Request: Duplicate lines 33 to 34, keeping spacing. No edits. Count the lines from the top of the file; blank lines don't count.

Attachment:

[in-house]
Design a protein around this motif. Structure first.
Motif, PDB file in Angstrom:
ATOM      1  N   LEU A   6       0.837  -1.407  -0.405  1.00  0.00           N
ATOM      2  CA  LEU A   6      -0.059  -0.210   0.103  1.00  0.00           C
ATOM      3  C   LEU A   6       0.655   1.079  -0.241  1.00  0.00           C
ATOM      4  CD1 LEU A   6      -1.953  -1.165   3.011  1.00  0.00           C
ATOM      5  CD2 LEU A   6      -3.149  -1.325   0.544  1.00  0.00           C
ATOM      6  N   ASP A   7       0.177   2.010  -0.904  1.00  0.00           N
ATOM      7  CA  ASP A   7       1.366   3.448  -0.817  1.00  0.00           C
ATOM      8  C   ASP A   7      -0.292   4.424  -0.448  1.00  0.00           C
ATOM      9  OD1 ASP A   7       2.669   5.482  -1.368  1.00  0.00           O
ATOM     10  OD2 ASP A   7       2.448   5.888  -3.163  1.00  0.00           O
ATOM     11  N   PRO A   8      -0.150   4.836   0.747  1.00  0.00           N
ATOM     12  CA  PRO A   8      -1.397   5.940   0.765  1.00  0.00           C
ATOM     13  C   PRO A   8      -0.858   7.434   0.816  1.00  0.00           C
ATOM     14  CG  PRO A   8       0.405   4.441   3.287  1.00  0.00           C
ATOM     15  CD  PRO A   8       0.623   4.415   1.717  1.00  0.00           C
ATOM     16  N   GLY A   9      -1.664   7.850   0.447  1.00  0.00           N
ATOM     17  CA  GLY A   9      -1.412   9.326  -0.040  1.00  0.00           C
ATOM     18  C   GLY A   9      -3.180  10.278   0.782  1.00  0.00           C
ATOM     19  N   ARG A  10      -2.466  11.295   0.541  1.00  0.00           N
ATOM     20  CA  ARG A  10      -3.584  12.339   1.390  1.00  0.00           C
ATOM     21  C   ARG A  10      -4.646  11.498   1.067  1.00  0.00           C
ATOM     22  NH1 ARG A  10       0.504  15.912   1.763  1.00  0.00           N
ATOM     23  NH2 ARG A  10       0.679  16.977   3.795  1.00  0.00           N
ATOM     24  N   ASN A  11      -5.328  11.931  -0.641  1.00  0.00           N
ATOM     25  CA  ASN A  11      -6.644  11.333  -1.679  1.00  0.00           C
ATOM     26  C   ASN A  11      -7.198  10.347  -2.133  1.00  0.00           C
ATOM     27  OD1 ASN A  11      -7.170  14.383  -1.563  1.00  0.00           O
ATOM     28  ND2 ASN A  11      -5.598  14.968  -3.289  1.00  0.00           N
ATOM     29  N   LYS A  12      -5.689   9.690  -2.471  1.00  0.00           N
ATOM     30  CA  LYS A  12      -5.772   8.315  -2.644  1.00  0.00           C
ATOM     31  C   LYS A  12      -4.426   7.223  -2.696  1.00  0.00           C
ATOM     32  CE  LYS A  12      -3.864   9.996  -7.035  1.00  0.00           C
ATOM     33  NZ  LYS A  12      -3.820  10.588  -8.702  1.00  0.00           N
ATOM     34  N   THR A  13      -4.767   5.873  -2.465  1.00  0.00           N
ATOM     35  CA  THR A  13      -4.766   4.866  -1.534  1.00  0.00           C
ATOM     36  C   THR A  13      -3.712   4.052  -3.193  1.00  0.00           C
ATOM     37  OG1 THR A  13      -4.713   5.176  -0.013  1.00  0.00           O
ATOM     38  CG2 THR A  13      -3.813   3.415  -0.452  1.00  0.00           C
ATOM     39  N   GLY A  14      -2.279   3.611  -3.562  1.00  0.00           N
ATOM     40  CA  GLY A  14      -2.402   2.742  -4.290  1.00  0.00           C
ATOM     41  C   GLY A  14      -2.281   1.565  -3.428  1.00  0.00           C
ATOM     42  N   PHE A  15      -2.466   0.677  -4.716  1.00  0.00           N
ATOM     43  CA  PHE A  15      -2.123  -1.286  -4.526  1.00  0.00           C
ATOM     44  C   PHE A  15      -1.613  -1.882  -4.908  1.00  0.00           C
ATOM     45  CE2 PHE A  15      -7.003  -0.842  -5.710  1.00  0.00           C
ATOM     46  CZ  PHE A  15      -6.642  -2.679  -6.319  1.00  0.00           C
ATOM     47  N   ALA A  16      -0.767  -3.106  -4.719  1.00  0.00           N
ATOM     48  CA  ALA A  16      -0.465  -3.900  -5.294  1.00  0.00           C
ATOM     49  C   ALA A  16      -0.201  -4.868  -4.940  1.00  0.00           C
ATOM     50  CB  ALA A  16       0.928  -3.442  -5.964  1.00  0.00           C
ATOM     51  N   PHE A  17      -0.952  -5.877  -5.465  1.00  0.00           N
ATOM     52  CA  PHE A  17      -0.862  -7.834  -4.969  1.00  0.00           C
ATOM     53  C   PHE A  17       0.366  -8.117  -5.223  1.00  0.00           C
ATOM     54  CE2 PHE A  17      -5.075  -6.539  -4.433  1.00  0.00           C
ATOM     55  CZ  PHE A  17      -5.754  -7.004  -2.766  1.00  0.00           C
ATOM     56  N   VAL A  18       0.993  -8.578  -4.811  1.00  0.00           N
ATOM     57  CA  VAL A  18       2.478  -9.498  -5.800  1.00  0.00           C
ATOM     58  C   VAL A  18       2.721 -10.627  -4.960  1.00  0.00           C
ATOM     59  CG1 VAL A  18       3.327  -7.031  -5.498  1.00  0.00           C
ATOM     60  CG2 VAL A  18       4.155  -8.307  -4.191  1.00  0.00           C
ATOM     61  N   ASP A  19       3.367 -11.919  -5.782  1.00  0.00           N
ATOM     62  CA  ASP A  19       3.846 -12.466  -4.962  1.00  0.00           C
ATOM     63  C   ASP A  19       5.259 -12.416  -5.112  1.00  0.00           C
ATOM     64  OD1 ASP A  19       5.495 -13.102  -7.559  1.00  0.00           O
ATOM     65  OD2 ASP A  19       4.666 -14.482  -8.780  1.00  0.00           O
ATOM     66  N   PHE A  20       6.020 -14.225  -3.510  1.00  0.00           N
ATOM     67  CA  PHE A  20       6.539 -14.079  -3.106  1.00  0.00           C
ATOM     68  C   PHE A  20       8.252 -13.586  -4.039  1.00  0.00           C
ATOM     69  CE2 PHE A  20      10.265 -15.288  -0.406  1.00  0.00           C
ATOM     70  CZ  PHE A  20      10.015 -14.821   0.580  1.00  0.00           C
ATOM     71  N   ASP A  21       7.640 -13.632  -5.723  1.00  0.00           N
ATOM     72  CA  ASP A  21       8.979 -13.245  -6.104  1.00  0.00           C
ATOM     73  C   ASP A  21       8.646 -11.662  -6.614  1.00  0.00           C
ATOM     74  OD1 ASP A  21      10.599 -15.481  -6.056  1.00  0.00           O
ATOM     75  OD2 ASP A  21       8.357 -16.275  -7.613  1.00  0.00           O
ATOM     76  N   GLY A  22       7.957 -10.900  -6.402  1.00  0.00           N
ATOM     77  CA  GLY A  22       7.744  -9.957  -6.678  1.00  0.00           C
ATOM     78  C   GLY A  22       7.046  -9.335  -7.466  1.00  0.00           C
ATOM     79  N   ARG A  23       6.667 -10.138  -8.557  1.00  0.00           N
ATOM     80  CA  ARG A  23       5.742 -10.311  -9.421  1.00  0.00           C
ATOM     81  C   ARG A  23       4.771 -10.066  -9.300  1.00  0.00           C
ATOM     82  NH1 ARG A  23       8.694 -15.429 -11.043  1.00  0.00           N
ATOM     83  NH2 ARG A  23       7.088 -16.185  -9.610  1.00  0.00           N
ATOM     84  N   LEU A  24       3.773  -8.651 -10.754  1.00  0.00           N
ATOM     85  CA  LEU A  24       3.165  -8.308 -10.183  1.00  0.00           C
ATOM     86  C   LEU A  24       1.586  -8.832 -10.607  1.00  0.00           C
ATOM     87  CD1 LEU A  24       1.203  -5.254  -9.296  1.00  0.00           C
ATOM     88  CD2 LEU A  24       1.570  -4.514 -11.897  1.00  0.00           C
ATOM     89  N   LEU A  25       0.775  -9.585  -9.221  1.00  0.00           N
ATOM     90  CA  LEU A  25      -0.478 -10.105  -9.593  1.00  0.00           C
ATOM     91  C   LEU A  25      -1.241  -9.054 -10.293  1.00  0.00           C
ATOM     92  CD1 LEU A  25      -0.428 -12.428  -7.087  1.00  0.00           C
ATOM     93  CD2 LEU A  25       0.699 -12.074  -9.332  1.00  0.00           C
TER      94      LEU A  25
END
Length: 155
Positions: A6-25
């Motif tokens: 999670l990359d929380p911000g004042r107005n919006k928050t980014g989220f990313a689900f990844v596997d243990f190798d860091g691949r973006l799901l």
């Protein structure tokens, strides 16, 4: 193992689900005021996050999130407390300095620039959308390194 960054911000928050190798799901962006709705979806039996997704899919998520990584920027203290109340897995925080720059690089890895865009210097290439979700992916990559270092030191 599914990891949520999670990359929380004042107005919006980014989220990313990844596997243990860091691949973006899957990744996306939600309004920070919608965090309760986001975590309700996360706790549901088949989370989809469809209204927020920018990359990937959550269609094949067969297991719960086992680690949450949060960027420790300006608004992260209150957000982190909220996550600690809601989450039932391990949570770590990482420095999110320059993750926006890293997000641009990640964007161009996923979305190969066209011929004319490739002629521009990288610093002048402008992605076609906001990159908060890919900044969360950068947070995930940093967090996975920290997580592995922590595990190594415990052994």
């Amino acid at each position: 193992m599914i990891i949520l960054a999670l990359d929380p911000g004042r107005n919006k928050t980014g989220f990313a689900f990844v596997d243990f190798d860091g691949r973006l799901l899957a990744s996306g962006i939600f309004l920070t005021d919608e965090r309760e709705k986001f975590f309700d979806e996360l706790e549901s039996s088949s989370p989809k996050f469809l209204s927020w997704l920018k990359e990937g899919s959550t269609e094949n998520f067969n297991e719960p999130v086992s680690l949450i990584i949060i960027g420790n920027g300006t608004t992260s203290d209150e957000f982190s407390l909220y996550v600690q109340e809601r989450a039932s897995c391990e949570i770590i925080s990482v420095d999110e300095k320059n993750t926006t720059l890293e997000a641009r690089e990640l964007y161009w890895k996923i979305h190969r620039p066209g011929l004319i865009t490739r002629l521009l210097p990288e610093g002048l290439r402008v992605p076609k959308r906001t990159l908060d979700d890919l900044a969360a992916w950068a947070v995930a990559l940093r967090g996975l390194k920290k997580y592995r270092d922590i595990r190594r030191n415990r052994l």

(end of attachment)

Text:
ATOM     30  CA  LYS A  12      -5.772   8.315  -2.644  1.00  0.00           C
ATOM     31  C   LYS A  12      -4.426   7.223  -2.696  1.00  0.00           C